DENVER — Starting on Jan. 1, the Colorado Division of Motor Vehicles will implement a new law that will establish a state license plate replacement program that will raise registration costs.
Under the new License Plate Expiration or Change of Ownership Act, license plates from Class C motor vehicles — which includes passenger vehicles, motorhomes and motorcycles — will expire upon transfer of the owner’s title or interest in the vehicle.
Owners can retain the same combination of letters or numbers from the expired plates when registering for a new vehicle, but they’ll have to apply for personalized plates that will then be mailed to the vehicle’s owner.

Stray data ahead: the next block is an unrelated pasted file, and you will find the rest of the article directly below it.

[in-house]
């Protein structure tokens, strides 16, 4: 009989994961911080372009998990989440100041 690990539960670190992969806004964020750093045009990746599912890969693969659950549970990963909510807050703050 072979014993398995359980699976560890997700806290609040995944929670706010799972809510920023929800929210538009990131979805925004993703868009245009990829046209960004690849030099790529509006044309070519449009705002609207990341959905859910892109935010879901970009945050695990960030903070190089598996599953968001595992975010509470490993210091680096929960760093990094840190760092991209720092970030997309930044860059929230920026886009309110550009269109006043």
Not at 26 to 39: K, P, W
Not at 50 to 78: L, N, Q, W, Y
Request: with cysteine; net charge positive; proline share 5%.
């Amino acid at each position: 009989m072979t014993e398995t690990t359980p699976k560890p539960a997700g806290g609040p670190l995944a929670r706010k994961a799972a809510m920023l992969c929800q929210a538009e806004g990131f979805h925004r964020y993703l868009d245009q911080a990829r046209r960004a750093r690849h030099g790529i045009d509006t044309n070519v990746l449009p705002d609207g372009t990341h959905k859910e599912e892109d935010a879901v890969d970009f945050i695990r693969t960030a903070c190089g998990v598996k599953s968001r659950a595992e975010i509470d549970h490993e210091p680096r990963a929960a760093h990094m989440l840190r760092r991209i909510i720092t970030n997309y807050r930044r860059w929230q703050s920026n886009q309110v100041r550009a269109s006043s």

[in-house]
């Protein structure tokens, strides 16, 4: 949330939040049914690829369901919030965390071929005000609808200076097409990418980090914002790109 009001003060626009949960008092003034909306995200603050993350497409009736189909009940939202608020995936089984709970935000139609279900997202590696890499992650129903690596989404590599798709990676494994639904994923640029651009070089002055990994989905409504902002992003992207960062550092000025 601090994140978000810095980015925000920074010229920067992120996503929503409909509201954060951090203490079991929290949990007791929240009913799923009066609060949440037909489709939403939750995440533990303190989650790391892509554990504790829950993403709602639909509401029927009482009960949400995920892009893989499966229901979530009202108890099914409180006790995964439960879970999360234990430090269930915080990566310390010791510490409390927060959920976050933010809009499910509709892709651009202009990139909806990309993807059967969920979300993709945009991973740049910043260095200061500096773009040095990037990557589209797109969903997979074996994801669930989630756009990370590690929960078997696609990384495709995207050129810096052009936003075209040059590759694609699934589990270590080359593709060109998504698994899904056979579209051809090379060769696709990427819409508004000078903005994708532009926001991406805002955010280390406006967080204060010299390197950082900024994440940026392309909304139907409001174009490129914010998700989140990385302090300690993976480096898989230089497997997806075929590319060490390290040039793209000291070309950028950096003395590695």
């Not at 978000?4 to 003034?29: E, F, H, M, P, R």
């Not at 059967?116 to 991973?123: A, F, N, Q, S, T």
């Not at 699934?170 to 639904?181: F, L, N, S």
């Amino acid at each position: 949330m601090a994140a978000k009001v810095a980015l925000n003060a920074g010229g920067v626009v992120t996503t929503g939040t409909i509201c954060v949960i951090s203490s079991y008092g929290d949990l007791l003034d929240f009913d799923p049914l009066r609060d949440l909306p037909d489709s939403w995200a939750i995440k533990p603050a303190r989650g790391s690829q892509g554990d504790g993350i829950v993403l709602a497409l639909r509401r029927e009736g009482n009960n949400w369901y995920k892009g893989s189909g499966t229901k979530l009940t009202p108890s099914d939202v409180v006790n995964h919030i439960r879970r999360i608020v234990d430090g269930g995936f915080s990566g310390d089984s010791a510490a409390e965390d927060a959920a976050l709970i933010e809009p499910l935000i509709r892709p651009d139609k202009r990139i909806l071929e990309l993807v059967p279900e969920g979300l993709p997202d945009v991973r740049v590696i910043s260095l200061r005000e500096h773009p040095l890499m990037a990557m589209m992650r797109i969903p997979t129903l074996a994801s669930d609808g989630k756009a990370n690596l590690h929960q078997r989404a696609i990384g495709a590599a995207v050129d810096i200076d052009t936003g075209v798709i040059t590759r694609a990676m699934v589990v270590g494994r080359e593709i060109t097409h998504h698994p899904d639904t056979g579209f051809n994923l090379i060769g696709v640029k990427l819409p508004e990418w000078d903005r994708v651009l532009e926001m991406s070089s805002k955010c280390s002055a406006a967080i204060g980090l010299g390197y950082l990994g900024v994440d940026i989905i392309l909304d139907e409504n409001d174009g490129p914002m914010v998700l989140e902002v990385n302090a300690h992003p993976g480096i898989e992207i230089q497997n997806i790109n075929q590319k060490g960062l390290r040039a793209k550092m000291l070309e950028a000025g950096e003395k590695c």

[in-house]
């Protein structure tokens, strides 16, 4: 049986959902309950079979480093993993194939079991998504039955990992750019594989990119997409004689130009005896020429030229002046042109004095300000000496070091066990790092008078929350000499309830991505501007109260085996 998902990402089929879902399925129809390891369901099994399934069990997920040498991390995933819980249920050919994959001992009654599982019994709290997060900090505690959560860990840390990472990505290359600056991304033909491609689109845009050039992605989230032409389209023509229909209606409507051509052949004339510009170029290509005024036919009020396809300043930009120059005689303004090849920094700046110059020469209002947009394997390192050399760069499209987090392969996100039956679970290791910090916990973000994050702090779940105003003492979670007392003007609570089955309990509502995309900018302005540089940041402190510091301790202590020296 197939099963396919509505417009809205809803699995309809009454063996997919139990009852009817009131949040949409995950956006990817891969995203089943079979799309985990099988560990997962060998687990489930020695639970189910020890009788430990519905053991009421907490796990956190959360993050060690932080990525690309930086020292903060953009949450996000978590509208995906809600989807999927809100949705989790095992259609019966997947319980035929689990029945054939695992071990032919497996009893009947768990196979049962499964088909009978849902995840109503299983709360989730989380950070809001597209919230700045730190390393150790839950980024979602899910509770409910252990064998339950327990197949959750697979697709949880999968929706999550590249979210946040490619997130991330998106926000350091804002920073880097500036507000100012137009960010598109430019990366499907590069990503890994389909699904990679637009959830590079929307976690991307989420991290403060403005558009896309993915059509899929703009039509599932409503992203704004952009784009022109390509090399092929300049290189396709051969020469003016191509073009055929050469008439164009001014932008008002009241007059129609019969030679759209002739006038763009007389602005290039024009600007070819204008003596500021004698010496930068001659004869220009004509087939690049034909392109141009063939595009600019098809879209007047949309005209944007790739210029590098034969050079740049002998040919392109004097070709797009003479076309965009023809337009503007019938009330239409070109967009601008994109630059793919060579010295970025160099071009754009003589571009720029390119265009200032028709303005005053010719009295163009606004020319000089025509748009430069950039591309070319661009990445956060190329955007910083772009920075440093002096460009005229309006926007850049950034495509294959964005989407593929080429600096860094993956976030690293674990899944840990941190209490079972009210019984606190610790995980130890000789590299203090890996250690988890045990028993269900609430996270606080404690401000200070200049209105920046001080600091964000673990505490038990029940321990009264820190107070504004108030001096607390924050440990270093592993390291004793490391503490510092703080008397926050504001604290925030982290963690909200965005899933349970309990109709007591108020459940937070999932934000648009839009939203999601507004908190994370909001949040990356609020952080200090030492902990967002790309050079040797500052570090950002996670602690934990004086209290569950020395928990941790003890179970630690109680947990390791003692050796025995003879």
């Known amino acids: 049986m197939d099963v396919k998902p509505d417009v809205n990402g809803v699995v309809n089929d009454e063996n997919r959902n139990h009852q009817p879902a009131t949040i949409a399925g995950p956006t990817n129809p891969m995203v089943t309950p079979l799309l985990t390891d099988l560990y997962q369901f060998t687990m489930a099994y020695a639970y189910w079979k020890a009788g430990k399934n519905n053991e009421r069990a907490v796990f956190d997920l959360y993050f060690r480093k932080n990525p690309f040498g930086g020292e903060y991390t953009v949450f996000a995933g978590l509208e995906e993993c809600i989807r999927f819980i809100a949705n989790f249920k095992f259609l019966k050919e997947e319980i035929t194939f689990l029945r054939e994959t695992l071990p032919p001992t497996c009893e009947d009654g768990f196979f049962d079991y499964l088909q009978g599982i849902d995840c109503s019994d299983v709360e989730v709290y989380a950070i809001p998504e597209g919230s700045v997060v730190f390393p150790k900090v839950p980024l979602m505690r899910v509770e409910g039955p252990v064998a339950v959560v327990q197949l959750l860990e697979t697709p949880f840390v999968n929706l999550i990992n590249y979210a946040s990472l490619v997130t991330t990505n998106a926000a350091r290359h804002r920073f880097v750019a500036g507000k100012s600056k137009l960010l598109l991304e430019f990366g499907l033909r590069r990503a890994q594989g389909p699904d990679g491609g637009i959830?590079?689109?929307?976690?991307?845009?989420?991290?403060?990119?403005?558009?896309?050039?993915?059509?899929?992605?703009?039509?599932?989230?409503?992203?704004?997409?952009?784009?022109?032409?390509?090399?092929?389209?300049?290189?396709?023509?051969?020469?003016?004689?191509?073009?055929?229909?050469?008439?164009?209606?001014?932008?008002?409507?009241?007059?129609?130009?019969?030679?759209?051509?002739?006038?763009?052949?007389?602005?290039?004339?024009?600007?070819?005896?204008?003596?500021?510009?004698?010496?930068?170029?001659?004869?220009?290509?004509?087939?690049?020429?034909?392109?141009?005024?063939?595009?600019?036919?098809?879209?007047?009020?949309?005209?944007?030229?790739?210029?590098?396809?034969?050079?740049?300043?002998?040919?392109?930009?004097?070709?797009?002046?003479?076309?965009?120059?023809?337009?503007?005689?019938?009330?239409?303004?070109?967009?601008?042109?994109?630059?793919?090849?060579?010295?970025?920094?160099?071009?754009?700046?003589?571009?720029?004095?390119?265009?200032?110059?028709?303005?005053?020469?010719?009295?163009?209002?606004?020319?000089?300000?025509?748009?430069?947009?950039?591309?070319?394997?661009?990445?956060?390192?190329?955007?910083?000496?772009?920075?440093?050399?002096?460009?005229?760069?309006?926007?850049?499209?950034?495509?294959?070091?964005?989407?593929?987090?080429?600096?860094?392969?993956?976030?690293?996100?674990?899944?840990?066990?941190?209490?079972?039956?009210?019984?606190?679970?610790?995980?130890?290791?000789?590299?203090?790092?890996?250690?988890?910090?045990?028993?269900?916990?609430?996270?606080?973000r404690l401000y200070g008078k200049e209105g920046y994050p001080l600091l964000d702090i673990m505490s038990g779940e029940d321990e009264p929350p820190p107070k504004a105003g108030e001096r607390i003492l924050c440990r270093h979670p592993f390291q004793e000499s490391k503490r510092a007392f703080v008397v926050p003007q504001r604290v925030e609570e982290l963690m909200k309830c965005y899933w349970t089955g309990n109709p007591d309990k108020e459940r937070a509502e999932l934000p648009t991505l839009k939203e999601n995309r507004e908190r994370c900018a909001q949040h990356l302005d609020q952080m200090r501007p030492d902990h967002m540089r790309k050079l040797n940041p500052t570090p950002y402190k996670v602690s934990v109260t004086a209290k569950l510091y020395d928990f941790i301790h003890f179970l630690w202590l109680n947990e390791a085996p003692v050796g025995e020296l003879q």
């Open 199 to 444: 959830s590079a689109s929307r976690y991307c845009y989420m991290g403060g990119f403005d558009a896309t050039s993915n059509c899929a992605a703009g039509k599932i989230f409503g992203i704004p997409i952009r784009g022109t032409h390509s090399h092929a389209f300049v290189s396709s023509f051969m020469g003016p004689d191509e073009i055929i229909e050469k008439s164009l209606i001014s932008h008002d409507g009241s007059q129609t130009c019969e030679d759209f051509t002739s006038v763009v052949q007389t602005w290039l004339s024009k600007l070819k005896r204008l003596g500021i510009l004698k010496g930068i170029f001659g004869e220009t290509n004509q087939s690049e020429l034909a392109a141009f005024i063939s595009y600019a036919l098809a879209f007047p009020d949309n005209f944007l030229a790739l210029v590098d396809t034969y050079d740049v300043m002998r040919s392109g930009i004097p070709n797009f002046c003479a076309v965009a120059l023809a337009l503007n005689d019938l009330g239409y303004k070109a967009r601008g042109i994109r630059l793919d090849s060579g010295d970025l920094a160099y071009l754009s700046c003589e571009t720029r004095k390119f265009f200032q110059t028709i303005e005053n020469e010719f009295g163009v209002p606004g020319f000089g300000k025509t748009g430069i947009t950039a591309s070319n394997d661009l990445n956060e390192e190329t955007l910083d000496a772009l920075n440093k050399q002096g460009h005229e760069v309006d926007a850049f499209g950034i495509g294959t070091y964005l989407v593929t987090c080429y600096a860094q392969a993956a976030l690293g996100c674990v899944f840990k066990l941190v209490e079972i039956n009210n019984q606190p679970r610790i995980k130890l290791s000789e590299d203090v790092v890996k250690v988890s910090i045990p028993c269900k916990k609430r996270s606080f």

The state says the new law will improve safety for first responders and motorists because it will ensure that drivers have reflective and legible license plates. It will mean first responders can more easily identify plates and drivers will be able to see the highly reflective plates if a vehicle is stalled on the side of the road in the dark.
The additional replacement expense will be $4.73 for most Coloradans, the state said. If drivers want to keep their configuration on their current plate, they will need to pay a one-time replacement fee ranging between $68.06 and $118.06 in addition to the normally collected registration fees.